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Short Biography of Jane Austen


Jane Austen was the author of several enduringly popular English novels, including: Pride and Prejudice, Emma and Mansfield Park.


Early Life


Jane Austen was born in Steventon, Hampshire on 16th December 1775. She was the 7th daughter of an 8 child family. Her father, George Austen, was a vicar and lived on a reasonable income of £600 a year. However, although they were middle class, they were not rich; her father would have been unable to give much to help her daughters get married. Jane was brought up with her 5 brothers and her elder sister Cassandra. (another brother, Edward, was adopted by a rich, childless couple and went to live with them). Jane was close to her siblings, especially Cassandra, to whom she was devoted. The two sisters shared a long correspondence throughout her life; much of what we know about Jane comes from these letters, although, unfortunately Cassandra burnt a number of these on Jane’s death.


Jane was educated at Oxford and later a boarding school in Reading. In the early 1800s two of Jane’s brother’s joined the navy, leaving to fight in the Napoleonic wars; they would go on to become admirals. The naval connections can be seen in novels like Mansfield Park. After the death of her father in 1805, Jane, with her mother and sister returned to Hampshire. In 1809, her brother, Edward who had been brought up by the Knights, invited the family to the estate he had inherited at Chawton. It was in the country house of Chawton, that Jane was able to produce some of her greatest novels.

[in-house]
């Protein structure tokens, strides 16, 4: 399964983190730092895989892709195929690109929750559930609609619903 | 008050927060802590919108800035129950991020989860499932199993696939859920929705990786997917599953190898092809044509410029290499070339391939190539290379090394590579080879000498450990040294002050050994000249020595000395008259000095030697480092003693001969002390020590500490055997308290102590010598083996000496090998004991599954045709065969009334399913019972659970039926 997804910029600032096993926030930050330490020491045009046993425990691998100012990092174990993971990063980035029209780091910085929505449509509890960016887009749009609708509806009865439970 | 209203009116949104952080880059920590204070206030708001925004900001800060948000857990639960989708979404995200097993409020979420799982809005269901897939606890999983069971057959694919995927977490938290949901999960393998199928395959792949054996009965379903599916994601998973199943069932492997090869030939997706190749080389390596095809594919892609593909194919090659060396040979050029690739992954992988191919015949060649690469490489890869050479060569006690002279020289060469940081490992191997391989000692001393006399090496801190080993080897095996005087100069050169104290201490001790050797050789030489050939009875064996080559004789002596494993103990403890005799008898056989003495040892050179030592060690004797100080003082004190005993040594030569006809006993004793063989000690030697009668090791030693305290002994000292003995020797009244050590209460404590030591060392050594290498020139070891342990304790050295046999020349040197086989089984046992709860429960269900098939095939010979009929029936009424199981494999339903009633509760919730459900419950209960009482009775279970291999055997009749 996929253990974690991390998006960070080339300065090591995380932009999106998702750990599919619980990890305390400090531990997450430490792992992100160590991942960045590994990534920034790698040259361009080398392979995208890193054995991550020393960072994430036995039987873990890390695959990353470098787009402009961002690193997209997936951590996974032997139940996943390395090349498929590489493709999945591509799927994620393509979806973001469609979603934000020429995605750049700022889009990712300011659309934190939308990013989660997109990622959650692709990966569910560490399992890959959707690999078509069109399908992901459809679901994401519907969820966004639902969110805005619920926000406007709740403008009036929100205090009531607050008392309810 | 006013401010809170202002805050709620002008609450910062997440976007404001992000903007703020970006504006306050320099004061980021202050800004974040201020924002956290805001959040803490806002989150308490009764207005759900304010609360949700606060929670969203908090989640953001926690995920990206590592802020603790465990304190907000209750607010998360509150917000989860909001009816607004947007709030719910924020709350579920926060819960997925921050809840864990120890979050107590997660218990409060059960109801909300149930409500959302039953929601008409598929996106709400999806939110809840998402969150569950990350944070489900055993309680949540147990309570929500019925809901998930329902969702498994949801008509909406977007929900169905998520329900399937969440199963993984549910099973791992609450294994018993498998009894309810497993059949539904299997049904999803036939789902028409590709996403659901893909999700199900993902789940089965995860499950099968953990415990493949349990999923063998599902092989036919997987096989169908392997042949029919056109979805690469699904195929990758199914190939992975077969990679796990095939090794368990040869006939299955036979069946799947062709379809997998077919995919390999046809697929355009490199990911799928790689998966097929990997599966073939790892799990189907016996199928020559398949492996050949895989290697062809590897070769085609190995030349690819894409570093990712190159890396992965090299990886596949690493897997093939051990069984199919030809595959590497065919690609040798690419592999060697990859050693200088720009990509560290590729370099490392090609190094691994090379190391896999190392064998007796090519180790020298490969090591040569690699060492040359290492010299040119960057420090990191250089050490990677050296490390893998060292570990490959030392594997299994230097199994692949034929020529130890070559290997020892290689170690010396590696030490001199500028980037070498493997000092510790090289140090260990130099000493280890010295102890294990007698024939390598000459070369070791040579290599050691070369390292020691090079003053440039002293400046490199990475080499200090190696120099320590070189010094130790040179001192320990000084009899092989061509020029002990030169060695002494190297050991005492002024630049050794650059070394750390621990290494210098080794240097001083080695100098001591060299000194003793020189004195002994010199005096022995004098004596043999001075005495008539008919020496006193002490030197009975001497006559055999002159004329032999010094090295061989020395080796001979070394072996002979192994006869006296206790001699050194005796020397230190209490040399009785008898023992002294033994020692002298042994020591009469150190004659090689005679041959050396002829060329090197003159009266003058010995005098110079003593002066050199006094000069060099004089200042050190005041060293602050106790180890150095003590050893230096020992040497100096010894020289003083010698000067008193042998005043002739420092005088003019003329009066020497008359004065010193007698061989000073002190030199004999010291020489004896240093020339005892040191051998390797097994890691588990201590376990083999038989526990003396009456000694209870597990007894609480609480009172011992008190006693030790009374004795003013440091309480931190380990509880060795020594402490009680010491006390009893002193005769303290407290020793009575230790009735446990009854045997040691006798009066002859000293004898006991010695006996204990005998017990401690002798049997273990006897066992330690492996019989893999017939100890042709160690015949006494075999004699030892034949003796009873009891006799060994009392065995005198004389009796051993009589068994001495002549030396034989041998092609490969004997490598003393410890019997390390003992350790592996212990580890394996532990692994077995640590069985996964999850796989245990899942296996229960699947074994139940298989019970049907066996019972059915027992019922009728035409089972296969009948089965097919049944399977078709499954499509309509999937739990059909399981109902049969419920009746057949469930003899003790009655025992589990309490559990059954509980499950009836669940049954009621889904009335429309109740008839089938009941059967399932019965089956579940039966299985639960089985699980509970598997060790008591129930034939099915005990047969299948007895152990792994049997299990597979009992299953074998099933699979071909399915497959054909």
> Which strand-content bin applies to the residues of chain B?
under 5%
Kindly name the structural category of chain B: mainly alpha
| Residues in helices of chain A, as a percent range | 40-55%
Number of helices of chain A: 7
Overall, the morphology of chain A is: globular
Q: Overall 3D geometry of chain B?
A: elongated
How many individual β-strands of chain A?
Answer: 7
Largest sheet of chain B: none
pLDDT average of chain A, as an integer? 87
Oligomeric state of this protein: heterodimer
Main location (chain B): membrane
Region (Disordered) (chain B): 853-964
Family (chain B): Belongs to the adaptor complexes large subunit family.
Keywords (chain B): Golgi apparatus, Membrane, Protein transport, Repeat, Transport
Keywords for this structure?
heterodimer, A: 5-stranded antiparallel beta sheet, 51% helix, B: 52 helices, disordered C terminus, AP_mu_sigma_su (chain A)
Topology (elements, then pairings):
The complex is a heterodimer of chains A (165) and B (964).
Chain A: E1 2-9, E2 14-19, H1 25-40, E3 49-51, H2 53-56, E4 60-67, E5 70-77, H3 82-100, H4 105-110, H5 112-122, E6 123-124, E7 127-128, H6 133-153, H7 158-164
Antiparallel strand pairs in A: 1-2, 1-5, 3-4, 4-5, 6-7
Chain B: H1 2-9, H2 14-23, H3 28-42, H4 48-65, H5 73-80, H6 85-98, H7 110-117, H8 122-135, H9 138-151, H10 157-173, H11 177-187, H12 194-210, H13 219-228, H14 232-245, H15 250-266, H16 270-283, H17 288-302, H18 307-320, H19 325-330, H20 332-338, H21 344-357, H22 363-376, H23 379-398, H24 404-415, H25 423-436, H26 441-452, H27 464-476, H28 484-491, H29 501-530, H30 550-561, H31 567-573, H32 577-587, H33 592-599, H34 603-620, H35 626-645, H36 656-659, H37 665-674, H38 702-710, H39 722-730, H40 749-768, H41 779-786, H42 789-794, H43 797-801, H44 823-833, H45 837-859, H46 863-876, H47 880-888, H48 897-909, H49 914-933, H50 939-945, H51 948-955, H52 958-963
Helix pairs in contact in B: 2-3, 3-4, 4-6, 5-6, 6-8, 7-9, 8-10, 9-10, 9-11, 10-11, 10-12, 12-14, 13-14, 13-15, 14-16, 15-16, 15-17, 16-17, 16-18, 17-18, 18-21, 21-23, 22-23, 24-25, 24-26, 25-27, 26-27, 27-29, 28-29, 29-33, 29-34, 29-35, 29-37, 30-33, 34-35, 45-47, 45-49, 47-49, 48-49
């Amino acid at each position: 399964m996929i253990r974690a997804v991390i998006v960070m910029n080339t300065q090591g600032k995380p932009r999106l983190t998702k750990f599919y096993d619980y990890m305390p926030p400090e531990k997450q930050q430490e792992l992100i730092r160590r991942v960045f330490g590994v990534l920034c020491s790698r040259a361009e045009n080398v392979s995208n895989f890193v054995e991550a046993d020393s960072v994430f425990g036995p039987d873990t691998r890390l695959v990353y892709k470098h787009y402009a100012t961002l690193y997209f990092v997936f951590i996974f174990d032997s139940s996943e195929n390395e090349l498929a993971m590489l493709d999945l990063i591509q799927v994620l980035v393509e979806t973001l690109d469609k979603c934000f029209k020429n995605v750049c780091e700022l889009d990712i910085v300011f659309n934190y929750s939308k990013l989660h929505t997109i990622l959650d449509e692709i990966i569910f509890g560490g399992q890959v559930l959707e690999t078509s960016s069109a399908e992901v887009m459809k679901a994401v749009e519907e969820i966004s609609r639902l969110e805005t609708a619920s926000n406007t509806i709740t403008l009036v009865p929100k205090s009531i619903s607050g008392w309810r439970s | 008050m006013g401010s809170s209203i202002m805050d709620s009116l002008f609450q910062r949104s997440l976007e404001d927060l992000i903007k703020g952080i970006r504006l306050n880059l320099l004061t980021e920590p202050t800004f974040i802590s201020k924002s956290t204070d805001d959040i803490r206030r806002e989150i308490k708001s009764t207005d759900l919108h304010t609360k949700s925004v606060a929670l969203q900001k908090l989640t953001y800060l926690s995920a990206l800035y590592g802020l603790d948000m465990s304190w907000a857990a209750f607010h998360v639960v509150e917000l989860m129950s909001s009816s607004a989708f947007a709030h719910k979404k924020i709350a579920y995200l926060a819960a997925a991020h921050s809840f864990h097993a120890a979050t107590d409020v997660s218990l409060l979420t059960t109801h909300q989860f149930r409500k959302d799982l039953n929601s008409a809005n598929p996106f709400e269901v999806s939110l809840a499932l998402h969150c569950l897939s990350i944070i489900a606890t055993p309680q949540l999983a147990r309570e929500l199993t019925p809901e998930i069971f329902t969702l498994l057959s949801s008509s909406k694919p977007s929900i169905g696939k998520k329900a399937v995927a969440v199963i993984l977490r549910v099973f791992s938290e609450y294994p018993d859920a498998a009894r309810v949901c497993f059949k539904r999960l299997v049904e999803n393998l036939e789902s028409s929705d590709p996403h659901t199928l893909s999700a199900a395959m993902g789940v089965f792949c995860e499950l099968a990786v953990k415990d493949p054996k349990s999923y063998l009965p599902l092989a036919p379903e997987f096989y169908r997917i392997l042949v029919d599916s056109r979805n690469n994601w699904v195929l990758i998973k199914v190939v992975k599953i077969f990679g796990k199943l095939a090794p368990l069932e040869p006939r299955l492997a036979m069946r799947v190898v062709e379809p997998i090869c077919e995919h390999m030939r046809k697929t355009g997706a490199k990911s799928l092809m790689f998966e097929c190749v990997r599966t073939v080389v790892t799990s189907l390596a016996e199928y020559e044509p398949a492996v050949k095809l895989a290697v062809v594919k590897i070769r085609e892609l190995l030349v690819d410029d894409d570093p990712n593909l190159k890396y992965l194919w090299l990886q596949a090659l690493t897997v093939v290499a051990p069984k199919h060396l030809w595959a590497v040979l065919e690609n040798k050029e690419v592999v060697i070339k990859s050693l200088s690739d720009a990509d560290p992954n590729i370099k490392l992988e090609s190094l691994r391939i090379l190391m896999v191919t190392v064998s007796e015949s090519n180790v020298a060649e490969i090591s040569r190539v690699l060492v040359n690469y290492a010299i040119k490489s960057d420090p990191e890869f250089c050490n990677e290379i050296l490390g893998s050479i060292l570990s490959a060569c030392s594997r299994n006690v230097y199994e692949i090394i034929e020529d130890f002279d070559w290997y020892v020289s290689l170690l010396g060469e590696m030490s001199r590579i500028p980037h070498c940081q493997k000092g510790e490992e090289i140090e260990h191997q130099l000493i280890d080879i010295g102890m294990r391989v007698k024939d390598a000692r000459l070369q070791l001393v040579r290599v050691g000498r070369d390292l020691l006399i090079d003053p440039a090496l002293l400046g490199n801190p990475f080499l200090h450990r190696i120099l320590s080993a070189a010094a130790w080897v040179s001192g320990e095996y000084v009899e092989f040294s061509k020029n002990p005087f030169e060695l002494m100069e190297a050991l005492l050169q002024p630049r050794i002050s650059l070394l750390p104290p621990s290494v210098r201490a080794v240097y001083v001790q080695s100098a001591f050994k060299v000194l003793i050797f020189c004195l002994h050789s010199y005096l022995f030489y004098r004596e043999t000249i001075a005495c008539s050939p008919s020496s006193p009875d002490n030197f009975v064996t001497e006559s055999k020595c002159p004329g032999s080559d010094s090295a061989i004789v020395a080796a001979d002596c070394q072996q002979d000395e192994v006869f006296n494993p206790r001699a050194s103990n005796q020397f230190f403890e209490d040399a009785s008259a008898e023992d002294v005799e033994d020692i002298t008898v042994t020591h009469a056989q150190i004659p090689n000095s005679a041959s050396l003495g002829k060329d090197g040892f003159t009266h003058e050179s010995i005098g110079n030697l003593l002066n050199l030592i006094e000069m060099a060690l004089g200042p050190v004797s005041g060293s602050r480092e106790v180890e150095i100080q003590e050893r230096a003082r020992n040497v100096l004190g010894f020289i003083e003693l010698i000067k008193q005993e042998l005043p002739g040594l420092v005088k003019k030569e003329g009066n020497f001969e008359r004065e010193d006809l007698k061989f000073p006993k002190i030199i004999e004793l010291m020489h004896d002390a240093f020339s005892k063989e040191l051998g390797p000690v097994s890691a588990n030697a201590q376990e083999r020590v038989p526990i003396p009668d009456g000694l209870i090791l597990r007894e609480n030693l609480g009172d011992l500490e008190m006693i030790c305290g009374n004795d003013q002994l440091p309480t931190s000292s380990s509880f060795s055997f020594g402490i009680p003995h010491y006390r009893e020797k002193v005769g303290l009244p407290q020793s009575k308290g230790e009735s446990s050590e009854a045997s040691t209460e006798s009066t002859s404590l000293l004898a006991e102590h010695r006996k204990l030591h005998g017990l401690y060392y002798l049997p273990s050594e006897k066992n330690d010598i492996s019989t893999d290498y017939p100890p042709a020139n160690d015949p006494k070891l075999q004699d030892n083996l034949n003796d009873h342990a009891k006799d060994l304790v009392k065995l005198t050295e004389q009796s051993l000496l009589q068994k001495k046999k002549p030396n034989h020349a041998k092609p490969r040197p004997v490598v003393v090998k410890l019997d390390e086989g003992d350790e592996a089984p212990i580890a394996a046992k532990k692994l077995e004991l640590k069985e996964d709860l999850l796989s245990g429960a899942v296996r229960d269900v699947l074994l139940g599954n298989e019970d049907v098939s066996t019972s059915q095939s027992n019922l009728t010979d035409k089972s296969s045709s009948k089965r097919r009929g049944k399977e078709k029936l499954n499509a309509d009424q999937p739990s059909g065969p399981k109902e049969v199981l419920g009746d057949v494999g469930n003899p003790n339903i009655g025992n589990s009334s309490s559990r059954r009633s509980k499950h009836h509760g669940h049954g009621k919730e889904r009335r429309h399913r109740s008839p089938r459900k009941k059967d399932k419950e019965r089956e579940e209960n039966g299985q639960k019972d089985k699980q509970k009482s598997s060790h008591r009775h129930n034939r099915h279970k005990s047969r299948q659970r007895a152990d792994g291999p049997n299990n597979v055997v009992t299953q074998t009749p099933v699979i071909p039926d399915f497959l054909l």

Novels of Jane Austen


Her novels are a reflection of her outlook on life. She spent most of her life insulated from certain sections of society. Her close friends were mainly her family, and those of similar social standing. It is not surprising then that her novels focused on 2 or 3 families of the middle or upper classes. Most novels were also based on the idyll of rural country houses that Jane was so fond of.


Her novels also focus on the issue of gaining a suitable marriage. Marriage was a big issue facing women and men of her time; often financial considerations were paramount in deciding marriages. As an author, Jane used to satirise these financial motivations, for example, in Pride and Prejudice the mother is ridiculed for her ambitions to marry her daughters for maximum financial remuneration. Jane, herself remained single throughout her life. Apart from brief flirtations, Jane remained single, and appeared to have little interest in getting married (unlike the characters of her novels.

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